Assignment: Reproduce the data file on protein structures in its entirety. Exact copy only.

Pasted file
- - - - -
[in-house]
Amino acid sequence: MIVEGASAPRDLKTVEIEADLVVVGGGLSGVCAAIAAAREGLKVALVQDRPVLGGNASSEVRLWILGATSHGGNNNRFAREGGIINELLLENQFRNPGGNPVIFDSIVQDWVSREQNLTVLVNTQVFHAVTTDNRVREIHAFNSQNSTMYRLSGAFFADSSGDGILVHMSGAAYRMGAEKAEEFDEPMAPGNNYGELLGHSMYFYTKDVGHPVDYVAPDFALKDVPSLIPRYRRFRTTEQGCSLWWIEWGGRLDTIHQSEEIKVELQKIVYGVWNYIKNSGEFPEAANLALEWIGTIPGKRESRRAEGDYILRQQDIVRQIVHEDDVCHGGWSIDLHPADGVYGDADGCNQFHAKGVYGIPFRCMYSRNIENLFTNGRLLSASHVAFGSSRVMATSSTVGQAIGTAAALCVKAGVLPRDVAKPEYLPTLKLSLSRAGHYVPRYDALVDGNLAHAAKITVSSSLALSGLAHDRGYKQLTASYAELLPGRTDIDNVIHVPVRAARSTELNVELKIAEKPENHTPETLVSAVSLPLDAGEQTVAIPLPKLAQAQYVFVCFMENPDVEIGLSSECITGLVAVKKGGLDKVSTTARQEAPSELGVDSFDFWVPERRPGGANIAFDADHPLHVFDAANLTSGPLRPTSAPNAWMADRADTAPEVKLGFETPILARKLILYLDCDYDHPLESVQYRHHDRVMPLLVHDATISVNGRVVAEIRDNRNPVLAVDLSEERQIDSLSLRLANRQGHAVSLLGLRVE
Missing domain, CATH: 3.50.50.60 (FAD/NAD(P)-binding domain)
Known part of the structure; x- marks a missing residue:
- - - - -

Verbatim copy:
[in-house]
Amino acid sequence: MIVEGASAPRDLKTVEIEADLVVVGGGLSGVCAAIAAAREGLKVALVQDRPVLGGNASSEVRLWILGATSHGGNNNRFAREGGIINELLLENQFRNPGGNPVIFDSIVQDWVSREQNLTVLVNTQVFHAVTTDNRVREIHAFNSQNSTMYRLSGAFFADSSGDGILVHMSGAAYRMGAEKAEEFDEPMAPGNNYGELLGHSMYFYTKDVGHPVDYVAPDFALKDVPSLIPRYRRFRTTEQGCSLWWIEWGGRLDTIHQSEEIKVELQKIVYGVWNYIKNSGEFPEAANLALEWIGTIPGKRESRRAEGDYILRQQDIVRQIVHEDDVCHGGWSIDLHPADGVYGDADGCNQFHAKGVYGIPFRCMYSRNIENLFTNGRLLSASHVAFGSSRVMATSSTVGQAIGTAAALCVKAGVLPRDVAKPEYLPTLKLSLSRAGHYVPRYDALVDGNLAHAAKITVSSSLALSGLAHDRGYKQLTASYAELLPGRTDIDNVIHVPVRAARSTELNVELKIAEKPENHTPETLVSAVSLPLDAGEQTVAIPLPKLAQAQYVFVCFMENPDVEIGLSSECITGLVAVKKGGLDKVSTTARQEAPSELGVDSFDFWVPERRPGGANIAFDADHPLHVFDAANLTSGPLRPTSAPNAWMADRADTAPEVKLGFETPILARKLILYLDCDYDHPLESVQYRHHDRVMPLLVHDATISVNGRVVAEIRDNRNPVLAVDLSEERQIDSLSLRLANRQGHAVSLLGLRVE
Missing domain, CATH: 3.50.50.60 (FAD/NAD(P)-binding domain)
Known part of the structure; x- marks a missing residue: